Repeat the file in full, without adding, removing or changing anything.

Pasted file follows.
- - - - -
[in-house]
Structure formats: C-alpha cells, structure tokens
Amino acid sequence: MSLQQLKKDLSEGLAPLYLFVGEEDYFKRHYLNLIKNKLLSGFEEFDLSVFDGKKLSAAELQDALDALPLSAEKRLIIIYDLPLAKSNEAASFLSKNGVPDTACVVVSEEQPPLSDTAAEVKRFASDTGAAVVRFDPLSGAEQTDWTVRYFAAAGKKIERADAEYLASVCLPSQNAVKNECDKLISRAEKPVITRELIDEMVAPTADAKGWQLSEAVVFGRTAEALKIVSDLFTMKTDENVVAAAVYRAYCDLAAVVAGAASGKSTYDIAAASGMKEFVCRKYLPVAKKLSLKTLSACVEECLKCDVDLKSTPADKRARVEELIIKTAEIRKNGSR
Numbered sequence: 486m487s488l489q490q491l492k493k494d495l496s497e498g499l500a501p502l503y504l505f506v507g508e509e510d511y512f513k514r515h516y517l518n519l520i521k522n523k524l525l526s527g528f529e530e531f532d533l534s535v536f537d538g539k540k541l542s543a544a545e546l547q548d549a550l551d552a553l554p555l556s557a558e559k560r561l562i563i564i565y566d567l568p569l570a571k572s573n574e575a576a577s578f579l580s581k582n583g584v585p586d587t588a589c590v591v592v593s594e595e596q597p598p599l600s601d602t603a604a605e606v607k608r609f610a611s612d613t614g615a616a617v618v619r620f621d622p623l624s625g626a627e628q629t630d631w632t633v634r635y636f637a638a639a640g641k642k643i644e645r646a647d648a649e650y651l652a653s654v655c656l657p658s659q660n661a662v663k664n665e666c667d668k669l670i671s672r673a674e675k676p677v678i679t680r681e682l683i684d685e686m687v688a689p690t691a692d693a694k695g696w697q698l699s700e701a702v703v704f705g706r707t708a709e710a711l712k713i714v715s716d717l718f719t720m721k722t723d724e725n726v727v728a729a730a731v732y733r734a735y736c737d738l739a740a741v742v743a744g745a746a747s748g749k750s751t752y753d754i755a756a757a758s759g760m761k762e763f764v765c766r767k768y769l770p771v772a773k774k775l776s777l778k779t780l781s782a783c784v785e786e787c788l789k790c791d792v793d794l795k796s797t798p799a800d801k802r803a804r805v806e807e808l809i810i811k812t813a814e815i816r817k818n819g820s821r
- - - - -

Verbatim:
[in-house]
Structure formats: C-alpha cells, structure tokens
Amino acid sequence: MSLQQLKKDLSEGLAPLYLFVGEEDYFKRHYLNLIKNKLLSGFEEFDLSVFDGKKLSAAELQDALDALPLSAEKRLIIIYDLPLAKSNEAASFLSKNGVPDTACVVVSEEQPPLSDTAAEVKRFASDTGAAVVRFDPLSGAEQTDWTVRYFAAAGKKIERADAEYLASVCLPSQNAVKNECDKLISRAEKPVITRELIDEMVAPTADAKGWQLSEAVVFGRTAEALKIVSDLFTMKTDENVVAAAVYRAYCDLAAVVAGAASGKSTYDIAAASGMKEFVCRKYLPVAKKLSLKTLSACVEECLKCDVDLKSTPADKRARVEELIIKTAEIRKNGSR
Numbered sequence: 486m487s488l489q490q491l492k493k494d495l496s497e498g499l500a501p502l503y504l505f506v507g508e509e510d511y512f513k514r515h516y517l518n519l520i521k522n523k524l525l526s527g528f529e530e531f532d533l534s535v536f537d538g539k540k541l542s543a544a545e546l547q548d549a550l551d552a553l554p555l556s557a558e559k560r561l562i563i564i565y566d567l568p569l570a571k572s573n574e575a576a577s578f579l580s581k582n583g584v585p586d587t588a589c590v591v592v593s594e595e596q597p598p599l600s601d602t603a604a605e606v607k608r609f610a611s612d613t614g615a616a617v618v619r620f621d622p623l624s625g626a627e628q629t630d631w632t633v634r635y636f637a638a639a640g641k642k643i644e645r646a647d648a649e650y651l652a653s654v655c656l657p658s659q660n661a662v663k664n665e666c667d668k669l670i671s672r673a674e675k676p677v678i679t680r681e682l683i684d685e686m687v688a689p690t691a692d693a694k695g696w697q698l699s700e701a702v703v704f705g706r707t708a709e710a711l712k713i714v715s716d717l718f719t720m721k722t723d724e725n726v727v728a729a730a731v732y733r734a735y736c737d738l739a740a741v742v743a744g745a746a747s748g749k750s751t752y753d754i755a756a757a758s759g760m761k762e763f764v765c766r767k768y769l770p771v772a773k774k775l776s777l778k779t780l781s782a783c784v785e786e787c788l789k790c791d792v793d794l795k796s797t798p799a800d801k802r803a804r805v806e807e808l809i810i811k812t813a814e815i816r817k818n819g820s821r